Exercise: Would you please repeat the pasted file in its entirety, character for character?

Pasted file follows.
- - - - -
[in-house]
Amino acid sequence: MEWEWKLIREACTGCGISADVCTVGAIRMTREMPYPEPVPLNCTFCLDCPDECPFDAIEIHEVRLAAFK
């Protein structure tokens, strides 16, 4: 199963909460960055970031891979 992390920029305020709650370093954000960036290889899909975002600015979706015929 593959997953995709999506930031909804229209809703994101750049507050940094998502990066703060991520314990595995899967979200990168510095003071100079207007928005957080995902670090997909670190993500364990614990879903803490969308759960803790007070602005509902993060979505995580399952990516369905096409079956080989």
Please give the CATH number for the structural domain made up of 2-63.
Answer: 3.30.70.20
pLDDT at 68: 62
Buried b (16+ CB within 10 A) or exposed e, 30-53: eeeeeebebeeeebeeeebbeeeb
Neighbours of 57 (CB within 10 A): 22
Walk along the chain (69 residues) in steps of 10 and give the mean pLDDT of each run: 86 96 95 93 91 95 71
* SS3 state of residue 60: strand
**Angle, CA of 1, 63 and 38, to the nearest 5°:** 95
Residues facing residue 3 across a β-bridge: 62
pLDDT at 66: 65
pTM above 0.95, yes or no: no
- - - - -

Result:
[in-house]
Amino acid sequence: MEWEWKLIREACTGCGISADVCTVGAIRMTREMPYPEPVPLNCTFCLDCPDECPFDAIEIHEVRLAAFK
């Protein structure tokens, strides 16, 4: 199963909460960055970031891979 992390920029305020709650370093954000960036290889899909975002600015979706015929 593959997953995709999506930031909804229209809703994101750049507050940094998502990066703060991520314990595995899967979200990168510095003071100079207007928005957080995902670090997909670190993500364990614990879903803490969308759960803790007070602005509902993060979505995580399952990516369905096409079956080989």
Please give the CATH number for the structural domain made up of 2-63.
Answer: 3.30.70.20
pLDDT at 68: 62
Buried b (16+ CB within 10 A) or exposed e, 30-53: eeeeeebebeeeebeeeebbeeeb
Neighbours of 57 (CB within 10 A): 22
Walk along the chain (69 residues) in steps of 10 and give the mean pLDDT of each run: 86 96 95 93 91 95 71
* SS3 state of residue 60: strand
**Angle, CA of 1, 63 and 38, to the nearest 5°:** 95
Residues facing residue 3 across a β-bridge: 62
pLDDT at 66: 65
pTM above 0.95, yes or no: no